The Higher Regional Court Frankfurt (OLG Frankfurt) has recently strengthened the efficiency of parties’ wills embodied in arbitration agreements. In a crucial decision (OLG Frankfurt am Main, 26 Sch 3/13, Ruling, 18 December 2014), the judges have added clarity to the practical problem of how to resolve friction between an increasingly dense net of treaty obligations of member states of the European Union and international investment protection. Specifically, the court looked at arbitration agreements and their compatibility with the legal protection requirements envisaged by European law. The answers provided by the OLG Frankfurt are both, a convincing step towards greater clarity in the resolution of intra-EU investment disputes and a powerful expression of trust in the sophistication of international investment arbitration.
The initial investment dispute arose between the Dutch insurance company Achmea, the claimant, and the Slovak Republic, the applicant. The claimant invested in the applicant’s health insurance sector after a liberalization of the state’s respective market in 2004. After a change in government in 2006, however, the climate for the investment of the claimant changed drastically as reforms were introduced by the Fico government. The activities of insurance companies became strongly restricted, in stark contrast to the reform previously introduced. Based upon the bilateral investment treaty (BIT) between the Netherlands and the Slovak Republic, the claimant initiated arbitral proceedings on 1 October 2008 pursuant to the UNCITRAL Arbitration Rules. The parties designated the Permanent Court of Arbitration in The Hague as registry and chose Frankfurt, Germany as the seat of the arbitration.
On 26 October 2010, the arbitral tribunal ruled that it had jurisdiction to hear the case. Pursuant to § 1040(3)(2) of the German Civil Procedure Code (Zivilprozessordnung – ZPO), the applicant unsuccessfully addressed the OLG Frankfurt, seeking for the court to set aside the award on jurisdiction of the arbitral tribunal. In the following, the applicant turned to the German Federal Supreme Court (BGH) while at the same time, the arbitral tribunal proceeded with the investment dispute, rendering its final award on 7 December 2012. The tribunal found a violation of the fair and equitable treatment standard (Art. 3(1) BIT) and the free transfer of payments guarantee (Art. 4 BIT), awarding damages to the claimant in the amount of € 22.1 million. The BGH considered the application by the applicant inadmissible as its need for legal relief on the matter had vanished due to the final award that was rendered (BGH, III ZB 37/12, Ruling, 19 September 2013, para 8). Nevertheless, the applicant addressed the OLG Frankfurt once more, now seeking to have the final award set aside pursuant to § 1059(1) ZPO.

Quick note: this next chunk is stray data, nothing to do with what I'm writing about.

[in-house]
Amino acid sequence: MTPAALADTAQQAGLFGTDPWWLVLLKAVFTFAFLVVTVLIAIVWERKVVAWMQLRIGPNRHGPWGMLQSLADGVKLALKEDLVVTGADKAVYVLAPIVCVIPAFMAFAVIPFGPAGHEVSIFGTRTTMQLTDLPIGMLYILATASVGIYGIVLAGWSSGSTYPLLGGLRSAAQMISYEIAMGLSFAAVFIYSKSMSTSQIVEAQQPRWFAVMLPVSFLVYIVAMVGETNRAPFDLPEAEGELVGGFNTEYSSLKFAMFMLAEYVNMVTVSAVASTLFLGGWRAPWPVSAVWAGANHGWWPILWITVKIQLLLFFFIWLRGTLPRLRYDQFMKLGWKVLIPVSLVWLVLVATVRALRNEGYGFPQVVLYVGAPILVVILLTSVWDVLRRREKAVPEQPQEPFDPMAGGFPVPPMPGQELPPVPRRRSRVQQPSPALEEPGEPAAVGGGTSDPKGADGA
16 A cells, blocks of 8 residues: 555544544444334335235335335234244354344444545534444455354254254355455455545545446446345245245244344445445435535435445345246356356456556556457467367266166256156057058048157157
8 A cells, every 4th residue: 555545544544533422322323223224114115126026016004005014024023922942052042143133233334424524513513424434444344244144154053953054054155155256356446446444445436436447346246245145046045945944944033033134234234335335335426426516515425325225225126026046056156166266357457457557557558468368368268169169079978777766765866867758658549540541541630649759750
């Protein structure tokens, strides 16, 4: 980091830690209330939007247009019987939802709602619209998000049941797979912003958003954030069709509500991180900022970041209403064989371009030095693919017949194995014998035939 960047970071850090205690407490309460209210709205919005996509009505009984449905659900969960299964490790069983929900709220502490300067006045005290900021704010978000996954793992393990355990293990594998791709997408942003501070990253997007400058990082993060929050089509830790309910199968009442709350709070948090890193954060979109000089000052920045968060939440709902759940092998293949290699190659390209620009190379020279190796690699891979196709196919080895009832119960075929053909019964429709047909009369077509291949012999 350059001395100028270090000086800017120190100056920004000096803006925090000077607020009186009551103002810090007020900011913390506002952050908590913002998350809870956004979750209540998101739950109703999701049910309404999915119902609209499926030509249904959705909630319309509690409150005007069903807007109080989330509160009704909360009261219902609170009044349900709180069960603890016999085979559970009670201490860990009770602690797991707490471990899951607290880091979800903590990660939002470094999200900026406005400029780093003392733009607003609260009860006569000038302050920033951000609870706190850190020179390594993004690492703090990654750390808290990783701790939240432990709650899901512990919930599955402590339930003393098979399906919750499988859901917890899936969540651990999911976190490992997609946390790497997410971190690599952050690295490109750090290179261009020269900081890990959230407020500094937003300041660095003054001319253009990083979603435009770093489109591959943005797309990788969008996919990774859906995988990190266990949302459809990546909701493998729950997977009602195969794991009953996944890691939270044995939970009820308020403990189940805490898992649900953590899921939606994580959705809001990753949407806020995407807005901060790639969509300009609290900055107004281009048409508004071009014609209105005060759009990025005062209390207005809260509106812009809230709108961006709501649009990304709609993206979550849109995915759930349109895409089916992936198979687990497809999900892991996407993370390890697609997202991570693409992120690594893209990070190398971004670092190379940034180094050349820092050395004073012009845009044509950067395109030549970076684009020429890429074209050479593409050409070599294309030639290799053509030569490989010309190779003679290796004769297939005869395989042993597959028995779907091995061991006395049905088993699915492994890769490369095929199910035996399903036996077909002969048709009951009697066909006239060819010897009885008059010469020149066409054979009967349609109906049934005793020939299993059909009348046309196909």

The applicant based its application on a number of alleged conflicts between the provisions of the BIT and principles of German and ultimately, European law. Of particular interest here is the applicant’s reliance on § 1059(1) ZPO. It provides that an arbitral award may be set aside only on the limited grounds contained in the following § 1059(2) ZPO. § 1059(2)(1)(a) ZPO then specifies that an arbitral award may be set aside, if the arbitration agreement is invalid pursuant to German law. Such reference includes provisions of European law and thus the preliminary rulings procedure of the Court of Justice of the European Union (CJEU, former European Court of Justice), Art. 267 TFEU. The applicant based the alleged invalidity on the fact that arbitral tribunals are not entitled to submit questions on the interpretation of European law to the CJEU pursuant to Art. 267 TFEU. Where a dispute concerns – even if only partially – questions of European law, the applicant argued, it would be contrary to the ordre public of each member state, if arbitral awards were recognized or enforced, without an arbitral tribunal being able to address the CJEU in the process. In essence, the applicant thereby implied that the legal protection so granted would be insufficient and thus incompatible with that envisaged by European law. Furthermore, the applicant argued that the arbitration agreement violated Art. 344 TFEU, pursuant to which disputes between member states may only be resolved on the basis of the treaties forming the European Union. Also, the applicant turned against the arbitral tribunal’s assessment of damages, alleging that its due process rights were violated.